10.1. Internet e-mail 
    
   Internet e-mail carries textual information.  Sometimes it conveys 
   computer application data of arbitrary size. 
    
   Typically, one uses e-mail for non-urgent messages, which the 
   recipient will retrieve and process at a time convenient to her. 
    
   The normal device for receiving and processing e-mail messages is 
   some kind of personal computer.  Modern personal computers usually 
   come with a reasonably large display and an alphanumeric keyboard.  
   Audio, video, and printing capabilities are not necessarily 
   available. 
    
  
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   One can use E-mail for communication between two parties (one-to-
   one), a small number of known parties (one-to-few) or, via an e-mail 
   distribution list, between larger numbers of unknown parties (one-
   to-many). 
    
   One of the endearing characteristics of e-mail is the way that it 
   allows the recipient to forward all or part of the message a to 
   another party, with or without additional comments.  It is quite 
   common for an e-mail to contain snippets of content from several 
   previous messages. Similar features apply when replying to e-mail. 
    
10.2. Pager service 
    
   One uses a pager message to convey notifications and alerts.  For 
   the most part, these notifications are textual information of 
   limited size.  The typical limit is 160 characters.  People use 
   pages for relatively urgent messages, which the sender wishes the 
   receiver to see and possibly respond to within a short time period.  
   Pager messages are often used as a way of alerting users to 
   something needing their attention.  For example, a system can use a 
   page to notify a subscriber there is a voicemail message requiring 
   her attention.   
    
   Example devices for sending and receiving a pager message are a 
   mobile telephone with a small character display or a text pager.  
   Personal computers and personal digital assistants (PDAs) can also 
   participate in pager messaging. 
    
   Currently, the most common use of pager messages are between just 
   two parties (one-to-one). 
    
   One delivery method for pager messages is the short text messaging 
   service (SMS).  SMS is a facility that has evolved for use with 
   mobile telephones, and has an associated per-message transmission 
   charge.  Note that the focus here is on the notification aspect of 
   SMS.  From the beginning, SMS was envisioned to be more than a 
   simple pager service.  Operators can use SMS to provision the phone, 
   for example.  From the subscriber point of view, SMS has evolved 
   considerably from its origins as a pure pager replacement service.  
   For example, with mobile originate service, people can have two-way 
   text chat sessions using SMS and a mobile phone.  In addition, there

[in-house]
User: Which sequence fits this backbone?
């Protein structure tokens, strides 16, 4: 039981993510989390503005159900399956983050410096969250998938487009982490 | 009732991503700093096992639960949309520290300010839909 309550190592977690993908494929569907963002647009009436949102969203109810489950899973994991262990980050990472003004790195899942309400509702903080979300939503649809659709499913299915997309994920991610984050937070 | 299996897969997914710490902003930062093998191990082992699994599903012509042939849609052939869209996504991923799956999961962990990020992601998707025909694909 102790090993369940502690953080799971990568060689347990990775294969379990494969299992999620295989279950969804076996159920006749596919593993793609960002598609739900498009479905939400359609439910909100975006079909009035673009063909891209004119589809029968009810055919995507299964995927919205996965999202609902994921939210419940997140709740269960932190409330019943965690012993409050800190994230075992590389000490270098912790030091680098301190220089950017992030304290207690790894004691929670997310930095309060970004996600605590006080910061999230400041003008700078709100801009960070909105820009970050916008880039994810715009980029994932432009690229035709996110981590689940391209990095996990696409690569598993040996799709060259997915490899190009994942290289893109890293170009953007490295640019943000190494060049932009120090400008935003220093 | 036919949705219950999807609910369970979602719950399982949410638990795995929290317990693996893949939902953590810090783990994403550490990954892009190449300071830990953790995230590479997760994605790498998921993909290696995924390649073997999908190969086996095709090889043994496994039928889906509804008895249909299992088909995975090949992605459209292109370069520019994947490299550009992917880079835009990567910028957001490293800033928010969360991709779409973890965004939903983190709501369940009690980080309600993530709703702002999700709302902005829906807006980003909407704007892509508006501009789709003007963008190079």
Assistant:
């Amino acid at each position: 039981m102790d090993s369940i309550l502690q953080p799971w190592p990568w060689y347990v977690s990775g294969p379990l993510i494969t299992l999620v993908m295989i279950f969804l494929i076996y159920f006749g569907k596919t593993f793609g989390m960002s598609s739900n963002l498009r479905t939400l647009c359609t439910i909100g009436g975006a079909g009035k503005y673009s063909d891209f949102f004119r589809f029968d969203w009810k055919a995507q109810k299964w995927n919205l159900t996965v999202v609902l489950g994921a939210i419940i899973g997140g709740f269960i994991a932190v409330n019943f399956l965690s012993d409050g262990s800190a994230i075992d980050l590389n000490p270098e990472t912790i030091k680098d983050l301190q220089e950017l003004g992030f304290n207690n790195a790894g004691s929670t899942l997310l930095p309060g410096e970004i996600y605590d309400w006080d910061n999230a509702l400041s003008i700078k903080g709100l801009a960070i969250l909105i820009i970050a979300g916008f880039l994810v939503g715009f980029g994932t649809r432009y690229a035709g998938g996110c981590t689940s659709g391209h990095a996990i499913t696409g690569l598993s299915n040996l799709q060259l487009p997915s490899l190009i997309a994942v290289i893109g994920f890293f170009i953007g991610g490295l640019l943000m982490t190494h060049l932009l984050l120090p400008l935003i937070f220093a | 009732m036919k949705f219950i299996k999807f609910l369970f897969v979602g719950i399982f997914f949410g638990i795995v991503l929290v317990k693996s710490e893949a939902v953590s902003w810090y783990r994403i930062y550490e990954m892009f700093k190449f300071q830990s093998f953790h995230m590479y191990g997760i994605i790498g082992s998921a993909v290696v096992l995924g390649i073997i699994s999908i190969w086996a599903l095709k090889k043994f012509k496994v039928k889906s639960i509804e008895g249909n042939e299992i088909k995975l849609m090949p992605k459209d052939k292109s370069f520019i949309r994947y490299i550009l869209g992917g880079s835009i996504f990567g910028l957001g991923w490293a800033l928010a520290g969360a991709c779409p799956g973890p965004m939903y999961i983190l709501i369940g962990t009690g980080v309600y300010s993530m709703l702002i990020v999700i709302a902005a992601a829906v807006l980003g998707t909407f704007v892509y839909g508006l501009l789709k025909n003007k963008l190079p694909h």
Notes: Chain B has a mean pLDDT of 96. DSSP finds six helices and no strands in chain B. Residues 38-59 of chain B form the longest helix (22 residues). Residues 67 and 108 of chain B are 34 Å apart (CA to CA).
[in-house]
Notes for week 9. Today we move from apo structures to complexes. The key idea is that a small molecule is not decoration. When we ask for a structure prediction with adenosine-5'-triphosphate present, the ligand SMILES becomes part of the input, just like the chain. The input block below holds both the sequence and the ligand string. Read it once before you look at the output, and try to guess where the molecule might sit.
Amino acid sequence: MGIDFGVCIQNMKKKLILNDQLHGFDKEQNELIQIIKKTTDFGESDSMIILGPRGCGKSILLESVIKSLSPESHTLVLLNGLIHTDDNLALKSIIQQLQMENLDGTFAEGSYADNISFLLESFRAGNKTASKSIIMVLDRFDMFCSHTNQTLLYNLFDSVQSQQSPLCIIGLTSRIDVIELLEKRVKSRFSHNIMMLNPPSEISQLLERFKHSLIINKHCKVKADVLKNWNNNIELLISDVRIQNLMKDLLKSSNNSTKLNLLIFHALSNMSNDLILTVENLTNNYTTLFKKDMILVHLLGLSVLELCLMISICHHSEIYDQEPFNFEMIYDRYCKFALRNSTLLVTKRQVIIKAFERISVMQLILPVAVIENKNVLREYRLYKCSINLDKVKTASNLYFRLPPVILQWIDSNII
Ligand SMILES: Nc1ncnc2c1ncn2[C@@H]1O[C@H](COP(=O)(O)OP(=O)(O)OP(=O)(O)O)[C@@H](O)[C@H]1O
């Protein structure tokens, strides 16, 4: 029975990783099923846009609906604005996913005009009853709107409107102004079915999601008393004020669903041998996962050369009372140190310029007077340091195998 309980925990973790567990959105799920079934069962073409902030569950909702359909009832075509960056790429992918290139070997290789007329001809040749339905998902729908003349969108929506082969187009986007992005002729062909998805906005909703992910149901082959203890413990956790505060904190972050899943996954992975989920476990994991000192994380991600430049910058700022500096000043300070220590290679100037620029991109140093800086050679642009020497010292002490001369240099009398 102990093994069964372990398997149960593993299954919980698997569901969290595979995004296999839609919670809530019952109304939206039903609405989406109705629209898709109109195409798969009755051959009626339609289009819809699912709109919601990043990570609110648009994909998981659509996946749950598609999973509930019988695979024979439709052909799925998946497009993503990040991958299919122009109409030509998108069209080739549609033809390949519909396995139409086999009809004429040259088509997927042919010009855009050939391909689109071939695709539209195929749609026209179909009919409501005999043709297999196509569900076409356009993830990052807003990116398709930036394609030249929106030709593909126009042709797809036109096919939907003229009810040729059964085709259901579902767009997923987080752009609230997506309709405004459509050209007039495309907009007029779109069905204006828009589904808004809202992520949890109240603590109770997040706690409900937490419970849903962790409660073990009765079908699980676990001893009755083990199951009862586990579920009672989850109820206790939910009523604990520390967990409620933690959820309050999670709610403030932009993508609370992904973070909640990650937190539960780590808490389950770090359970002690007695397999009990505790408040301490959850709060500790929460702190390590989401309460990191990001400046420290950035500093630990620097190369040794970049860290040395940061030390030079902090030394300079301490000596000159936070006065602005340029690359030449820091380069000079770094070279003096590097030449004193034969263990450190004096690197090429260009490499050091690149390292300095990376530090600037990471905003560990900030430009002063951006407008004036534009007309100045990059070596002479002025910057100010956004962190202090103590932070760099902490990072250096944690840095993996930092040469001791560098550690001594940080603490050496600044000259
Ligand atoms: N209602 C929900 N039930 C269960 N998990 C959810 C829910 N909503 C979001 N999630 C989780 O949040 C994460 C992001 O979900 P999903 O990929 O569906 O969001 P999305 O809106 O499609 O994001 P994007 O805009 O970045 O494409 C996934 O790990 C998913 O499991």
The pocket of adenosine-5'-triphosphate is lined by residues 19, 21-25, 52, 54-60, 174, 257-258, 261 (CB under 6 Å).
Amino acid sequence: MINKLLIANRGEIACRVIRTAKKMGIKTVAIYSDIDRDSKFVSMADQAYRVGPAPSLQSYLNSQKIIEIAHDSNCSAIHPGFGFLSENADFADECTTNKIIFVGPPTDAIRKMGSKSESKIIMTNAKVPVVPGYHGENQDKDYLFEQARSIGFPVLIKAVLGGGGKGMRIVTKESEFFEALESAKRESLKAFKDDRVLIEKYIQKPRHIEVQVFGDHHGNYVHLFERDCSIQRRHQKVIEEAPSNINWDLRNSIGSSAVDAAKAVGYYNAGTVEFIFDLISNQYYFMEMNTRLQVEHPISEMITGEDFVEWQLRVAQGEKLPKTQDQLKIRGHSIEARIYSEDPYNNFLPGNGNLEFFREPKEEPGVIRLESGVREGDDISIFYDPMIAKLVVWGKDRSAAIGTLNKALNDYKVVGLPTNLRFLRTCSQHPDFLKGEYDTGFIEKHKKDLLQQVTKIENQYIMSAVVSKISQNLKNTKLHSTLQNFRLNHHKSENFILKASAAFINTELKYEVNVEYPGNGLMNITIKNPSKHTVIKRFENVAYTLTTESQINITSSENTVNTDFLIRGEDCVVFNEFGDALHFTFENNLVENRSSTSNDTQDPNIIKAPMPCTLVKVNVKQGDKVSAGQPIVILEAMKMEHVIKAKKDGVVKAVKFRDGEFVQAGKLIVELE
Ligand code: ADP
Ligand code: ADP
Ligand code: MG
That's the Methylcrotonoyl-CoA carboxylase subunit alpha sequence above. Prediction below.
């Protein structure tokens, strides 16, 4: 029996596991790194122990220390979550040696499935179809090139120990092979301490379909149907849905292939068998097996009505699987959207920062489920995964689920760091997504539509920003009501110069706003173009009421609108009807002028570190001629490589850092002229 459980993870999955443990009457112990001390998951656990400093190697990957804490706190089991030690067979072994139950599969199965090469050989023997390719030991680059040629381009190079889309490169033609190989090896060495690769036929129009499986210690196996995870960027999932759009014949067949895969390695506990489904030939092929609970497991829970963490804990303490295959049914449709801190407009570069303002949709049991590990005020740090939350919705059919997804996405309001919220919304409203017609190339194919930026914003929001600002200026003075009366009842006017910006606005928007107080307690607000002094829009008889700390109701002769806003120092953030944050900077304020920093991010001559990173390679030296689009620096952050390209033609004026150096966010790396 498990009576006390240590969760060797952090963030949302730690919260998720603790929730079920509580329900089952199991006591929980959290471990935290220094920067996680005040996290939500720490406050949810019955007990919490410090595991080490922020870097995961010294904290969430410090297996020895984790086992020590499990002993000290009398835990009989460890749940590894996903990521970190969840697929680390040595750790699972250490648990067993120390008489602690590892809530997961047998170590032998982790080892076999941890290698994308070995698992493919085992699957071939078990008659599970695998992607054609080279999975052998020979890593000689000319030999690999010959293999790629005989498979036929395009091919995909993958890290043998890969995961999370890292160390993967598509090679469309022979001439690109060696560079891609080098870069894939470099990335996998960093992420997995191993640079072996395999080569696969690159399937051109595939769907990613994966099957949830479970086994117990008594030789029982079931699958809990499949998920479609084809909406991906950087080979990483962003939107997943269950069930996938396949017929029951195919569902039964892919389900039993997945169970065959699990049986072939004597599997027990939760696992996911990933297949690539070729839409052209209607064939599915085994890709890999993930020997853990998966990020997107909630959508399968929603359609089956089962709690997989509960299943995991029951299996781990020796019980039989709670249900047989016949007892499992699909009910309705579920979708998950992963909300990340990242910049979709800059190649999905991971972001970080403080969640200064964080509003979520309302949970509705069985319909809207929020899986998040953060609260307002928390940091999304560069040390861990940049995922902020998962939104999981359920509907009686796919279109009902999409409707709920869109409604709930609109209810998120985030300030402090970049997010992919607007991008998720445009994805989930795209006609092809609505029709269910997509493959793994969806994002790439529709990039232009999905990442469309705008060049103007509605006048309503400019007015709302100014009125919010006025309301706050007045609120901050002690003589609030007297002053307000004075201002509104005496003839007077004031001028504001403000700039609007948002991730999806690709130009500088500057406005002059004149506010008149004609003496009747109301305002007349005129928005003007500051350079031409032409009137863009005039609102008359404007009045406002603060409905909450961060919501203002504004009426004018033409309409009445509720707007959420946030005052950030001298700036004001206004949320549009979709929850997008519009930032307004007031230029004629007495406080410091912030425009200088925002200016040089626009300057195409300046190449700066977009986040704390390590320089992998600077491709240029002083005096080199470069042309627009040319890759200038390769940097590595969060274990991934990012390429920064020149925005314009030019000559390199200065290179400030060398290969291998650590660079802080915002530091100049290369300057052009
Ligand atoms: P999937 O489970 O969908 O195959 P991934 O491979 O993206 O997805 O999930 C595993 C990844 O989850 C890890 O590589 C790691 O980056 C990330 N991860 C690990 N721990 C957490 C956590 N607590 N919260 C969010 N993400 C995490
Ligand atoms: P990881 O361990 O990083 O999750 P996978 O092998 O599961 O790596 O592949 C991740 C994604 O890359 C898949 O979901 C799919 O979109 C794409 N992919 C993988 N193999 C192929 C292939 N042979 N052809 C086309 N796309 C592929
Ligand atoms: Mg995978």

are SMS-enabled handsets that can display pictures.  However, for 
   the purposes of this document, there is still a need to capture the 
   essence of a "highly urgent, short-text, notification or alert" 
   service. 
    
   Users often send pager messages in isolation, rather than as part of 
   a longer exchange.  One use for them is as a prompt or invitation to 
   communicate by some more convenient and content-rich method, such as 
   a telephone call. 
    

  
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10.3. Facsimile 
    
   People use facsimile to convey image information of moderate size, 
   typically a small number of pages.  Sometimes people use facsimile 
   for larger documents. 
    
   Facsimile is a facility that usually uses circuit-switched telephone 
   circuits, with connection-time charges.  Message transfer takes 
   place in real-time.  Thus, people often use facsimile for urgent 
   communication. 
    
   The normal device for sending and receiving a facsimile is a self-
   contained scanning and printing device connected to a telephone line 
   or a desktop computer. 
    
   Most facsimiles are between just two parties (one-to-one).  However, 
   a significant portion of facsimile service is broadcast between 
   multiple parties (one-to-many). 
    
   Most facsimile exchanges are in isolation, rather than as part of a 
   longer exchange.  Facsimile data is typically not suitable for 
   further processing by computer. 
    
10.4. Voice mail 
    
   People use voice mail to convey audio information, almost 
   exclusively human speech. 
    
   Voice mail is a facility that usually uses circuit-switched 
   telephone circuits, with modest connection-time charges, often used 
   for moderately urgent messages.  A common use for them is as a 
   prompt or invitation to communicate by some more convenient method,